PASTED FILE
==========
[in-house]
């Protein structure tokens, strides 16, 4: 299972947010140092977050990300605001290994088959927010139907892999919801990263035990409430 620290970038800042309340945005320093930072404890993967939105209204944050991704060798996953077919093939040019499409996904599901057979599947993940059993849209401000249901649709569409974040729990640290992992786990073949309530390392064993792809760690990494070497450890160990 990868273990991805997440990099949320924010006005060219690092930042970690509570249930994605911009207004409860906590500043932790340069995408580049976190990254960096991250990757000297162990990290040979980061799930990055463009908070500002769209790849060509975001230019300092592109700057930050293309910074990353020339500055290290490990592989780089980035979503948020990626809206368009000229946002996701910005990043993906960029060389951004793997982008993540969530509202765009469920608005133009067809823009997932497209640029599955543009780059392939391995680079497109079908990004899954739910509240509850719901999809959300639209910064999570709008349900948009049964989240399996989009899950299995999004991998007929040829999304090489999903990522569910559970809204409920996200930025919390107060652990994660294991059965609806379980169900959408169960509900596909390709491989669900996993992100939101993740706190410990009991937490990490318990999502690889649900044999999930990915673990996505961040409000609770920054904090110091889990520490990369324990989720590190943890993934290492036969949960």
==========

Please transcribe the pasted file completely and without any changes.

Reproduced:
[in-house]
């Protein structure tokens, strides 16, 4: 299972947010140092977050990300605001290994088959927010139907892999919801990263035990409430 620290970038800042309340945005320093930072404890993967939105209204944050991704060798996953077919093939040019499409996904599901057979599947993940059993849209401000249901649709569409974040729990640290992992786990073949309530390392064993792809760690990494070497450890160990 990868273990991805997440990099949320924010006005060219690092930042970690509570249930994605911009207004409860906590500043932790340069995408580049976190990254960096991250990757000297162990990290040979980061799930990055463009908070500002769209790849060509975001230019300092592109700057930050293309910074990353020339500055290290490990592989780089980035979503948020990626809206368009000229946002996701910005990043993906960029060389951004793997982008993540969530509202765009469920608005133009067809823009997932497209640029599955543009780059392939391995680079497109079908990004899954739910509240509850719901999809959300639209910064999570709008349900948009049964989240399996989009899950299995999004991998007929040829999304090489999903990522569910559970809204409920996200930025919390107060652990994660294991059965609806379980169900959408169960509900596909390709491989669900996993992100939101993740706190410990009991937490990490318990999502690889649900044999999930990915673990996505961040409000609770920054904090110091889990520490990369324990989720590190943890993934290492036969949960």